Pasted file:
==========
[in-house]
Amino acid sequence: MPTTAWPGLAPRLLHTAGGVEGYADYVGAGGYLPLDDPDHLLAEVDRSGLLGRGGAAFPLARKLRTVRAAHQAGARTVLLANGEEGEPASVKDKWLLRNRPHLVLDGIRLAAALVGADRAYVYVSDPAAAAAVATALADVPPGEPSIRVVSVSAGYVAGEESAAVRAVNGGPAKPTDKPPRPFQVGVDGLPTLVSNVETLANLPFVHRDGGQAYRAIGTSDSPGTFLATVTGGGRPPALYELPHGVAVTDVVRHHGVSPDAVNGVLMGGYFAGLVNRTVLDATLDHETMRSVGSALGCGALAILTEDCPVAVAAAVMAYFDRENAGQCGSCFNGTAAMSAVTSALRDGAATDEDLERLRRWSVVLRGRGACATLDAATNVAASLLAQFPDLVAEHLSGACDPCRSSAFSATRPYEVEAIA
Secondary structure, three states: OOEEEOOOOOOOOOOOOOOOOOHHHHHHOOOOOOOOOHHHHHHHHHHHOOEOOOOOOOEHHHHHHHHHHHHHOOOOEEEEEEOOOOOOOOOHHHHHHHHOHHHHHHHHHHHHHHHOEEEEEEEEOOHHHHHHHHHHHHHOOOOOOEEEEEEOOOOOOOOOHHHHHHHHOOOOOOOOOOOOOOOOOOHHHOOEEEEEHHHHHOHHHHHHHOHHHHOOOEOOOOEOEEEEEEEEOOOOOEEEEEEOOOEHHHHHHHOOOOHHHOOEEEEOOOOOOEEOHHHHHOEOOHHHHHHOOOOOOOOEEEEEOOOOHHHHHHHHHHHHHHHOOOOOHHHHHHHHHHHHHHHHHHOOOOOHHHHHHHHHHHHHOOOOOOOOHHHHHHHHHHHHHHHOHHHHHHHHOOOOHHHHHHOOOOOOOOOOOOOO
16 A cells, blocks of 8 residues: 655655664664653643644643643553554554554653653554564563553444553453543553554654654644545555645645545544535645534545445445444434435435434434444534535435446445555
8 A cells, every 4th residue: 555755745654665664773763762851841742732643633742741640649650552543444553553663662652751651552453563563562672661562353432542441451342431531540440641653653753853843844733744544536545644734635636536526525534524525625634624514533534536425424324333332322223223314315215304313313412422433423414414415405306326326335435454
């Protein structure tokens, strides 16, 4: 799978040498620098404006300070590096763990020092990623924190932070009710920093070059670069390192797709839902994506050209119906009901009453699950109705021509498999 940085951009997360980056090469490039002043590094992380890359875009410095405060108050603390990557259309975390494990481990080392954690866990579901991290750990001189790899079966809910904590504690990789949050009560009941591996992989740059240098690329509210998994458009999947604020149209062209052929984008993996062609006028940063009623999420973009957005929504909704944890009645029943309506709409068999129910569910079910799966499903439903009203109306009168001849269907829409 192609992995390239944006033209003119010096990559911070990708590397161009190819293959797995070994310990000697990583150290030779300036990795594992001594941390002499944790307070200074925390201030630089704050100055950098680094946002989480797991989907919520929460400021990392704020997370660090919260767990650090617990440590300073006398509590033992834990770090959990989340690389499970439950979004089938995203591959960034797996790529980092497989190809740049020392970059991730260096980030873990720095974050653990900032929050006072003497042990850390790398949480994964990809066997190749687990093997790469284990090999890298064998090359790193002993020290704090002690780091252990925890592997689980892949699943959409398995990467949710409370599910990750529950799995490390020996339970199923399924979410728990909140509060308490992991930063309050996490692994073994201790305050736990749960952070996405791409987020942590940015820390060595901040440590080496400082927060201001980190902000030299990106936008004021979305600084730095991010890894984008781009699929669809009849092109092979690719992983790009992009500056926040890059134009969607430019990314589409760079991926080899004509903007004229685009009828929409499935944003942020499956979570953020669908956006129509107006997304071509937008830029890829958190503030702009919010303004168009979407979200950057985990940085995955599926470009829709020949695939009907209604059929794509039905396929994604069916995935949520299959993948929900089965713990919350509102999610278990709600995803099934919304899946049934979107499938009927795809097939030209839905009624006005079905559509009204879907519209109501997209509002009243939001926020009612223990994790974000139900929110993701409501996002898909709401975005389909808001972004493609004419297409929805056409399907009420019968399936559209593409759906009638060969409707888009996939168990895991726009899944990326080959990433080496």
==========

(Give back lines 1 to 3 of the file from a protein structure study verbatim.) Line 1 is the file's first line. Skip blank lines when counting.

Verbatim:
[in-house]
Amino acid sequence: MPTTAWPGLAPRLLHTAGGVEGYADYVGAGGYLPLDDPDHLLAEVDRSGLLGRGGAAFPLARKLRTVRAAHQAGARTVLLANGEEGEPASVKDKWLLRNRPHLVLDGIRLAAALVGADRAYVYVSDPAAAAAVATALADVPPGEPSIRVVSVSAGYVAGEESAAVRAVNGGPAKPTDKPPRPFQVGVDGLPTLVSNVETLANLPFVHRDGGQAYRAIGTSDSPGTFLATVTGGGRPPALYELPHGVAVTDVVRHHGVSPDAVNGVLMGGYFAGLVNRTVLDATLDHETMRSVGSALGCGALAILTEDCPVAVAAAVMAYFDRENAGQCGSCFNGTAAMSAVTSALRDGAATDEDLERLRRWSVVLRGRGACATLDAATNVAASLLAQFPDLVAEHLSGACDPCRSSAFSATRPYEVEAIA
Secondary structure, three states: OOEEEOOOOOOOOOOOOOOOOOHHHHHHOOOOOOOOOHHHHHHHHHHHOOEOOOOOOOEHHHHHHHHHHHHHOOOOEEEEEEOOOOOOOOOHHHHHHHHOHHHHHHHHHHHHHHHOEEEEEEEEOOHHHHHHHHHHHHHOOOOOOEEEEEEOOOOOOOOOHHHHHHHHOOOOOOOOOOOOOOOOOOHHHOOEEEEEHHHHHOHHHHHHHOHHHHOOOEOOOOEOEEEEEEEEOOOOOEEEEEEOOOEHHHHHHHOOOOHHHOOEEEEOOOOOOEEOHHHHHOEOOHHHHHHOOOOOOOOEEEEEOOOOHHHHHHHHHHHHHHHOOOOOHHHHHHHHHHHHHHHHHHOOOOOHHHHHHHHHHHHHOOOOOOOOHHHHHHHHHHHHHHHOHHHHHHHHOOOOHHHHHHOOOOOOOOOOOOOO